Researchers at Washington State University have discovered a new type of cooperative photosynthesis that could be used in engineering microbial communities for waste treatment and bioenergy production.
They report today on the unique metabolic process seen for the first time in a pair of bacteria in Nature Communications.
Photosynthetic bacteria account for nearly half of the world's food production and carbon-based organic material. The research could also improve understanding of lake ecology.
Phototroph + electron generator
Prosthecochloris aestaurii , a green-tinged, plant-like microbe, comes from the extreme environment of Hot Lake, a high salinity lake in northern Okanogan County near Oroville, Wash. Discovered and identified a few years ago by researchers at the U.S. Department of Energy's Pacific Northwest National Laboratory and Southern Illinois University, the bacterium is able to photosynthesize, using sunlight along with elemental sulfur or hydrogen sulfide to grow.
The researchers noticed that P. aestuarii tended to gather around a carbon electrode, an electricity conductor that they were operating in Hot Lake. The researchers isolated and grew P. aestuarii and determined that, similar to the way half of a battery works, the bacterium is able to grab electrons from a solid electrode and use them for photosynthesis. The pink-colored Geobacter sulfurreducens meanwhile, is known for its ability to convert waste organic matter to electricity in microbial fuel cells. The bacterium is also used in environmental cleanup.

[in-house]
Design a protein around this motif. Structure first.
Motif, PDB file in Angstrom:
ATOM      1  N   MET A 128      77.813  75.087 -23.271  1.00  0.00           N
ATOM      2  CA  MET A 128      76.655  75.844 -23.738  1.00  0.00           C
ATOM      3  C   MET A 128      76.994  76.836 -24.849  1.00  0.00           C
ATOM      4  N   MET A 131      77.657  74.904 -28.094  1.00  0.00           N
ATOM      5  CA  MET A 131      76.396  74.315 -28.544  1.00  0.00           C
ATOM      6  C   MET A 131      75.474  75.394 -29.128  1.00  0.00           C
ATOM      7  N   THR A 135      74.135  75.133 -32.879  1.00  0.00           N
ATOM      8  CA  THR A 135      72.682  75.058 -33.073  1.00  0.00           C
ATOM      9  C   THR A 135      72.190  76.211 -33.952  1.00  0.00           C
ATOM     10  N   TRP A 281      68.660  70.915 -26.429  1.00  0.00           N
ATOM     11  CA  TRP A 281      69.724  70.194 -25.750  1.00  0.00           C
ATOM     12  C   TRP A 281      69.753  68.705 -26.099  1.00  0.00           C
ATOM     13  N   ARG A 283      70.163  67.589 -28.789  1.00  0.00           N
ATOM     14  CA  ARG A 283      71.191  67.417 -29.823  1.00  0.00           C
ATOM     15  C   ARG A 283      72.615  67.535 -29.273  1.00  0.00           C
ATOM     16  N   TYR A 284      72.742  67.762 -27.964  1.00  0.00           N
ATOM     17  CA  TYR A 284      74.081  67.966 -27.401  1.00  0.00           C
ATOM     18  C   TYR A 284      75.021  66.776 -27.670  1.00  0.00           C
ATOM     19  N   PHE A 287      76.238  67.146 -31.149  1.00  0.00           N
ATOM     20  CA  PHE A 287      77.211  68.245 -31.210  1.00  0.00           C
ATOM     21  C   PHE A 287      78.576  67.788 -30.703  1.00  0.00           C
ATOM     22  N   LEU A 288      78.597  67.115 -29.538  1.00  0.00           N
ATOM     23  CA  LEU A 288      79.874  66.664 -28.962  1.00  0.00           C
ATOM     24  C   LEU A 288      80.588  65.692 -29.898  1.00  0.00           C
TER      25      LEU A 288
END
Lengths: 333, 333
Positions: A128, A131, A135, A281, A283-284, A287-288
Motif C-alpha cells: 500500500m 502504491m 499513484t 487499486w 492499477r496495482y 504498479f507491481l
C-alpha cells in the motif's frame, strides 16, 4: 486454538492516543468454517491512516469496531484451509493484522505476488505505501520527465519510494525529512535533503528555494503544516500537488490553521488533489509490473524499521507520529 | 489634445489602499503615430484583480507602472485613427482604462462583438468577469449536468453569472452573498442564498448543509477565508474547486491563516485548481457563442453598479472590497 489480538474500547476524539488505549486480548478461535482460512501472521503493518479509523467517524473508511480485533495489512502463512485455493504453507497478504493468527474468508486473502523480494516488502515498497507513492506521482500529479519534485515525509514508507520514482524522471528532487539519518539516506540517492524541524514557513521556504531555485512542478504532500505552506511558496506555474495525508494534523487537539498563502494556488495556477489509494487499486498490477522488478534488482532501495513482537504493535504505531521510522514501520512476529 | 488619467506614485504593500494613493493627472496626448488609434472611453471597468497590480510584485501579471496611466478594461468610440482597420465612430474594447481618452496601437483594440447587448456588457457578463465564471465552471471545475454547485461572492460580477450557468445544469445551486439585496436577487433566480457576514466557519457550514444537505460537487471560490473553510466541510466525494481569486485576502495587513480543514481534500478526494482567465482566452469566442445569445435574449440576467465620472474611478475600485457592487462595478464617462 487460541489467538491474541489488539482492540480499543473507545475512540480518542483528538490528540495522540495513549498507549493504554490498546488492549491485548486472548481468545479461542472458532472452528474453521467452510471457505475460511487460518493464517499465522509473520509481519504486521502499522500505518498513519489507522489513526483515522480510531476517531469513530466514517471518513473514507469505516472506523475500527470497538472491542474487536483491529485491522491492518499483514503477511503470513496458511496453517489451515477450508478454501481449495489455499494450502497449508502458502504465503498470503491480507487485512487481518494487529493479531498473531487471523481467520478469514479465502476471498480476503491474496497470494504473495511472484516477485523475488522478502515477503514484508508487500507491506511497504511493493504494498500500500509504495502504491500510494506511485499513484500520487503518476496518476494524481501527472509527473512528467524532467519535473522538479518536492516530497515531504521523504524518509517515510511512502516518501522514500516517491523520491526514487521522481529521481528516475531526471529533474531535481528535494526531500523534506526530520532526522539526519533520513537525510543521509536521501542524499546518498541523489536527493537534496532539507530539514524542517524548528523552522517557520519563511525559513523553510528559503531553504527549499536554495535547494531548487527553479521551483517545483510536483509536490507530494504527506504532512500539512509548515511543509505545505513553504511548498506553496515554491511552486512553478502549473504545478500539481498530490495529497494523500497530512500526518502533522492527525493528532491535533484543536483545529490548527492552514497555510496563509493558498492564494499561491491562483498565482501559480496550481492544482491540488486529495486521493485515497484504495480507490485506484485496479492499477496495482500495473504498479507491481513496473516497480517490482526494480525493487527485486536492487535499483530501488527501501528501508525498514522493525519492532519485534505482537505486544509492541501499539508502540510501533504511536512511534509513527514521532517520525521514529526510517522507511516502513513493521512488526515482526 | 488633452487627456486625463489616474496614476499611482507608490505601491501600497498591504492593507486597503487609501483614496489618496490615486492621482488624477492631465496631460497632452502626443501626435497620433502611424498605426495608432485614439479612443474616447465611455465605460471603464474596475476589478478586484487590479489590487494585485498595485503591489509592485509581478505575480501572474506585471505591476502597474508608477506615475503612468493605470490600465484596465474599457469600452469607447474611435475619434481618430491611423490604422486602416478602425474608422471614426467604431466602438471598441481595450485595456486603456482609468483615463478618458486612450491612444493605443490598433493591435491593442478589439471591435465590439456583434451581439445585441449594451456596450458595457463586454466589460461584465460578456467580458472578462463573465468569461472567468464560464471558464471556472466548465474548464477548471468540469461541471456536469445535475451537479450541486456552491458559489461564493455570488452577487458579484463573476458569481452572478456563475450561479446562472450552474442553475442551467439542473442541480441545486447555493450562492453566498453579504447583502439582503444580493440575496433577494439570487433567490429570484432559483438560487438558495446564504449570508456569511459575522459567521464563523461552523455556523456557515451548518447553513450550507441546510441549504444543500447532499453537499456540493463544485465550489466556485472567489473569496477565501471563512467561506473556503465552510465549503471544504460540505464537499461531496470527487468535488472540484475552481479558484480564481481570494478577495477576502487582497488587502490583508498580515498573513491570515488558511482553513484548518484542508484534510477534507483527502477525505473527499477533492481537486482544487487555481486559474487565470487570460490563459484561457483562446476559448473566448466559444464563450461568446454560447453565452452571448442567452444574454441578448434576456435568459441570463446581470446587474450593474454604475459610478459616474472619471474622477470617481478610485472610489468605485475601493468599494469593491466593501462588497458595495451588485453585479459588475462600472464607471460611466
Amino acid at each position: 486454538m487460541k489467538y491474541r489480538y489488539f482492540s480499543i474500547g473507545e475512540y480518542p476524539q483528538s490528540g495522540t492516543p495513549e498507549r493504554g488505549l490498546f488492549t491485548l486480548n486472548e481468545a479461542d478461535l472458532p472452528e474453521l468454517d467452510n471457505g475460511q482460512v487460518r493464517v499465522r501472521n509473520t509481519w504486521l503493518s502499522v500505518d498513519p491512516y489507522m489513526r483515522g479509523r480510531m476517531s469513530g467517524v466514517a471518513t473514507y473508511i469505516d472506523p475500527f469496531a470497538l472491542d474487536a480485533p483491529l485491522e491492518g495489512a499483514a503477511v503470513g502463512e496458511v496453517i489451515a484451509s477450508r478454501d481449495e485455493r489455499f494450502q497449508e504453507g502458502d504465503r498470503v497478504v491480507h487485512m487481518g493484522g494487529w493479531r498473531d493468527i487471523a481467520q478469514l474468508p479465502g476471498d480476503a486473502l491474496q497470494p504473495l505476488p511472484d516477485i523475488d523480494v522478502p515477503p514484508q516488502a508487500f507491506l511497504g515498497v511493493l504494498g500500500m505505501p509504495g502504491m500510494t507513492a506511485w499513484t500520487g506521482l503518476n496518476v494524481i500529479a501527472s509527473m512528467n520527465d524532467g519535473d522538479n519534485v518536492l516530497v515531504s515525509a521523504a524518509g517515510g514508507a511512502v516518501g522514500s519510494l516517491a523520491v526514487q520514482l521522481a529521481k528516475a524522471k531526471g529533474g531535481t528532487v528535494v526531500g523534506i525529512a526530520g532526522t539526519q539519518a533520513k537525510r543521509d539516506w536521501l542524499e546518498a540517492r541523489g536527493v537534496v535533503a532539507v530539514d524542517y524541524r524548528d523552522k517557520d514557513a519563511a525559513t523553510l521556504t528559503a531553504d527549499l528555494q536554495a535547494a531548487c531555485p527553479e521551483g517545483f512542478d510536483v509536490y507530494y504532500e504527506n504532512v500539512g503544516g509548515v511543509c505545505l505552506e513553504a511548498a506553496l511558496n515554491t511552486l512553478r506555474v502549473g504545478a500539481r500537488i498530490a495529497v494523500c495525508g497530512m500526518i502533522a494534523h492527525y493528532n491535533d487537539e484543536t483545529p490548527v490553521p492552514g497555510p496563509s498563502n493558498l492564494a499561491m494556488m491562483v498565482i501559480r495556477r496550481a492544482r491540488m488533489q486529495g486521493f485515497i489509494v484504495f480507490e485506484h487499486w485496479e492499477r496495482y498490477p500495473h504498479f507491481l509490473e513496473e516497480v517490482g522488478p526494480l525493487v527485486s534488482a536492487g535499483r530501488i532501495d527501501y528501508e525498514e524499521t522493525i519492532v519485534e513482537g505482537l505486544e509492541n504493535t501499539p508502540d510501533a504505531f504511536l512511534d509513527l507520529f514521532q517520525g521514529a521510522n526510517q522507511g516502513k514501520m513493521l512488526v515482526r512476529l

G. sulfurreducens, like animals and humans, can't photosynthesize. It consumes organic compounds, such as acetate, and "breathes" out carbon dioxide.
The bacterium is known for its ability to donate electrons to a solid electrode. As it consumes acetate, it generates electrons, which can be collected as electricity.
Microbes paired up in WSU lab
Led by Haluk Beyenal, the Paul Hohenschuh Distinguished Professor in the WSU Gene and Linda Voiland School of Chemical Engineering and Bioengineering, and postdoctoral researcher Phuc Ha, the research team surmised that the bacteria might be able to help each other grow and put them together in the lab.
The researchers found that P. aestuarii could accept electrons generated from G. sulfurreducens and use them in a new type of anaerobic photosynthesis never before seen. Similar to how a battery or fuel cell works, the bacteria transfer electrons. They feed off each other to grow under conditions in which neither could grow independently.
From an ecological perspective, this new form of metabolism may play an important role in carbon cycling in oxygen free zones of poorly mixed freshwater lakes. It may also present new possibilities for engineering microbial communities for waste treatment and bioenergy production.
"We think this could be a common bio-electrochemical process in nature," said Beyenal, whose team is working to better understand the electron transfer mechanism.
The work was funded by the U.S. Department of Energy. Researchers from PNNL and China University of Geoscience also collaborated on the project.
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